A walk around Paris around Easter time means seeing a huge choice of chocolate in bakeries, pâtisseries and chocolateries.
As one of the busiest seasons of the year, the artisanal chocolate shops work flat out for Easter. But what are the traditions in France for Easter and what brings chocolate on Easter in France? Let’s take a look at some of the windows and discover why we see mainly bells and fish, as well as traditional eggs on display.
What are The Traditions in France for Easter?
Already the choice of eggs in itself is awe-inspiring. Most shops have us melting at the window at the array of chocolate hens, chicks, and particularly diverse with other animals this year (cats, dogs, lambs, sheep, pandas, pigs, bears, ducks, mice and bees).
There are, however, three main shapes in France: eggs, bells and fish. So before we get cracking with a sampling of Easter eggs (oeufs de Pâques), let’s start with the most typically French shapes in the Chocolateries: bells.
What Brings Chocolate on Easter in France?
French tradition has it that the bells bring chocolate on Easter (cloches de Pâques). Listen carefully for the Church bells over Easter weekend: in France les cloches stop ringing from Good Friday when Jesus died to Easter Sunday morning, as they have flown to the Vatican in Rome. After Church Mass, to celebrate Christ’s resurrection, the bells joyously peel around France as they fly back from Saint Peter’s in Rome, dropping chocolate eggs in gardens as the children are eager to hunt for them.
Even my French girls have found bells bringing chocolate a crazy tradition – perhaps as parents we simply poorly described it. So imagine trying to explain to your kids that church bells had flown with wings all the way to the Vatican to be blessed by the Pope to help everyone in mourning, then returned (with no hands) to hide chocolate.
Does the Easter Bunny exist in France?
Well, no. It’s the bells that bring the chocolate and bunnies have nothing to do with eggs either (say my kids). Over the years, however, more bunnies (lapins) have gradually been hopping into the boutiques – such as these dark, milk or white chocolate cuties by Christophe & Julie Roussel in Montmartre. It’s also design bunnies at Pierre Marcolini.
While on the subject of bunnies, the equivalent of the tooth fairy in France is the mouse – so you may just see some mice around too, in the spirit of animal shapes.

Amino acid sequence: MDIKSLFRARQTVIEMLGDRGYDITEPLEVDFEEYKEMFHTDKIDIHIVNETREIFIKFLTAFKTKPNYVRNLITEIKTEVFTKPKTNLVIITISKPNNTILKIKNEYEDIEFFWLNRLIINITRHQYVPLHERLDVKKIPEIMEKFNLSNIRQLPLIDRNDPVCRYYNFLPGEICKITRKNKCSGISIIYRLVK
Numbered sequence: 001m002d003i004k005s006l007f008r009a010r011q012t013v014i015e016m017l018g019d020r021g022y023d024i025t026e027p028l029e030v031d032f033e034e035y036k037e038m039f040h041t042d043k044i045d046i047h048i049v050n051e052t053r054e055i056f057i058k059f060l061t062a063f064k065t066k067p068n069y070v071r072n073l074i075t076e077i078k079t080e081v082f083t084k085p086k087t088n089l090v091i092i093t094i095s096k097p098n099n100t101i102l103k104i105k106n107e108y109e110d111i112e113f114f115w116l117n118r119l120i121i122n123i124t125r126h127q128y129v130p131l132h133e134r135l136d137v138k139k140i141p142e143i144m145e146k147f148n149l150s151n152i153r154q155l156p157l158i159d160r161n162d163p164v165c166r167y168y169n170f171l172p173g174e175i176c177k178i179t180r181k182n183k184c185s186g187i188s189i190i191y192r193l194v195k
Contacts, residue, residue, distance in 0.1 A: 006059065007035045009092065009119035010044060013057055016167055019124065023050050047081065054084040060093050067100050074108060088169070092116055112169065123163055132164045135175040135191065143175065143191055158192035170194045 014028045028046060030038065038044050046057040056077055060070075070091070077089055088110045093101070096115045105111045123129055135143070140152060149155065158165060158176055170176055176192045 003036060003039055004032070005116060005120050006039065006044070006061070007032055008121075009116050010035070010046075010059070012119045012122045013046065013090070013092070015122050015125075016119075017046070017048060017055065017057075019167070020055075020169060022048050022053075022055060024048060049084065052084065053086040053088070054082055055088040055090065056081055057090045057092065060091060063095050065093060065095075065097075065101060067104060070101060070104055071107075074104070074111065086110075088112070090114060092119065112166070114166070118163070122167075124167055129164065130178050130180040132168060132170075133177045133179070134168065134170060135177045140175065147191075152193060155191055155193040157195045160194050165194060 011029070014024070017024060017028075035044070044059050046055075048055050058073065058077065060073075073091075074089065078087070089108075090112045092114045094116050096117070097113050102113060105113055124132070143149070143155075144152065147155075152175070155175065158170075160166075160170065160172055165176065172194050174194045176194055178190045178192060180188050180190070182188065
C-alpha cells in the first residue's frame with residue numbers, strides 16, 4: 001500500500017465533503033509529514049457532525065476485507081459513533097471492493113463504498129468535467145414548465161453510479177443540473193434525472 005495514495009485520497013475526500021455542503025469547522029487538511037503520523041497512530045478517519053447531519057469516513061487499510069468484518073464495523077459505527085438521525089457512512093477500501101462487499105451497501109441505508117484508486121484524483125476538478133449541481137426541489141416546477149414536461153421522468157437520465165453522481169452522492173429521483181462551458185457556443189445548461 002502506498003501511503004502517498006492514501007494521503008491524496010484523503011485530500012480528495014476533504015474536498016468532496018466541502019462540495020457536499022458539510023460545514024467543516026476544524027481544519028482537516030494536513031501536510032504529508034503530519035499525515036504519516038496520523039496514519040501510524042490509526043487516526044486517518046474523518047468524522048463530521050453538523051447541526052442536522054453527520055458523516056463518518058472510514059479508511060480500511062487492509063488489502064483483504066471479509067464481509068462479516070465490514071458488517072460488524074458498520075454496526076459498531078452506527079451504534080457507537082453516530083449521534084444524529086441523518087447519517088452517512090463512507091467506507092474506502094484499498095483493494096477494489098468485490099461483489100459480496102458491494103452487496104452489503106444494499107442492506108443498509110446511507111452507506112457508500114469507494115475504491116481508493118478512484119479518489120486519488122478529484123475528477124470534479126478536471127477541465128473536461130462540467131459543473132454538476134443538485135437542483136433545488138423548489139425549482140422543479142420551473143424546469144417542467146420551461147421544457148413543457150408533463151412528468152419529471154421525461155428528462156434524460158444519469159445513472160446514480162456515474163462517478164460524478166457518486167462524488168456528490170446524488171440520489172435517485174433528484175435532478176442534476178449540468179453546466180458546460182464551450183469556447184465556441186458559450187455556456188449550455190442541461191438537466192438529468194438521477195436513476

What is ‘Un Poisson d’Avril’?
I’ve always been intrigued by the schools of chocolate fish in the windows. They’re everywhere in the chocolateries.
Fish are popular around Easter, as it falls close to the 1st April. April Fool’s Day is known as April fish in French; if you’re any decently duped April Fool in France, we don’t shout “April Fool!” but “Poisson d’avril!”
So, if caught out, you’ll probably be sporting a school of colourful paper fish taped to your back. There was one year I discovered that, after various not-so-discrete pressing into my back, I had been modelling a mobile primary school wall.
Why do the French Eat Chocolate Fish at Easter?
The fishy story remains rather unclear. Various sources cite the most popular: it goes back to the 16th Century under Charles IX reign, who changed the New Year to the 1st January.
Until then in France, the New Year started around 1st April and was celebrated by fresh fish to herald the arrival of Spring (following the zodiac sign of Pisces, perhaps). As not everyone was au courant or kept forgetting this new calendar, jokes gradually spread the custom of pinning fish on their backs.
Mini Fish or Fritures
Most French chocolatiers have a huge choice of chocolate fish and scallop shells. Like eggs, many are garnished inside with mini eggs but it’s also more than likely that you’ll see miniature fish.
The smallest fish and other seafood shapes, called friture, often garnish the insides of the bigger Easter eggs or are sold simply in sachets to eat comme ça, just like that.